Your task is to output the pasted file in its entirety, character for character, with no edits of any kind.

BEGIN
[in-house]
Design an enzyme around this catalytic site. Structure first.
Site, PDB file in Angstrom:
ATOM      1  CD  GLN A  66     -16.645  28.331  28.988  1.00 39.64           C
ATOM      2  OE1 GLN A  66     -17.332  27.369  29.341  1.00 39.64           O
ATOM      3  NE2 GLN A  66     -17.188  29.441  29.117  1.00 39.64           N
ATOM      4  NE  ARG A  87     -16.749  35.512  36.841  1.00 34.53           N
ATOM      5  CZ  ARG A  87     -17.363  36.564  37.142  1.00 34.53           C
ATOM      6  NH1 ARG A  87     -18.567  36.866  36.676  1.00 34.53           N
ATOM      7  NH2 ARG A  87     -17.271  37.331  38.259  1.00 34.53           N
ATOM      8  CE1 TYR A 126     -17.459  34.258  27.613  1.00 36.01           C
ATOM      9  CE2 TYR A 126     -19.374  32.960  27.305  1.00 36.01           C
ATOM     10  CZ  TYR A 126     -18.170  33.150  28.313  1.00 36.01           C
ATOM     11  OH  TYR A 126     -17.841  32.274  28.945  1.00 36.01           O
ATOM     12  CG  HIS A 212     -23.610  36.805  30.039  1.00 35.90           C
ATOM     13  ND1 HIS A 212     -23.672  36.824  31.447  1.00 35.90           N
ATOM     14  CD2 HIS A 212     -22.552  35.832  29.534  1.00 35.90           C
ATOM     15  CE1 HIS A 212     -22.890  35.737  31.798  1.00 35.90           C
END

[in-house]
Design an enzyme around this catalytic site. Structure first.
Site, PDB file in Angstrom:
ATOM      1  CD  GLN A  66     -16.645  28.331  28.988  1.00 39.64           C
ATOM      2  OE1 GLN A  66     -17.332  27.369  29.341  1.00 39.64           O
ATOM      3  NE2 GLN A  66     -17.188  29.441  29.117  1.00 39.64           N
ATOM      4  NE  ARG A  87     -16.749  35.512  36.841  1.00 34.53           N
ATOM      5  CZ  ARG A  87     -17.363  36.564  37.142  1.00 34.53           C
ATOM      6  NH1 ARG A  87     -18.567  36.866  36.676  1.00 34.53           N
ATOM      7  NH2 ARG A  87     -17.271  37.331  38.259  1.00 34.53           N
ATOM      8  CE1 TYR A 126     -17.459  34.258  27.613  1.00 36.01           C
ATOM      9  CE2 TYR A 126     -19.374  32.960  27.305  1.00 36.01           C
ATOM     10  CZ  TYR A 126     -18.170  33.150  28.313  1.00 36.01           C
ATOM     11  OH  TYR A 126     -17.841  32.274  28.945  1.00 36.01           O
ATOM     12  CG  HIS A 212     -23.610  36.805  30.039  1.00 35.90           C
ATOM     13  ND1 HIS A 212     -23.672  36.824  31.447  1.00 35.90           N
ATOM     14  CD2 HIS A 212     -22.552  35.832  29.534  1.00 35.90           C
ATOM     15  CE1 HIS A 212     -22.890  35.737  31.798  1.00 35.90           C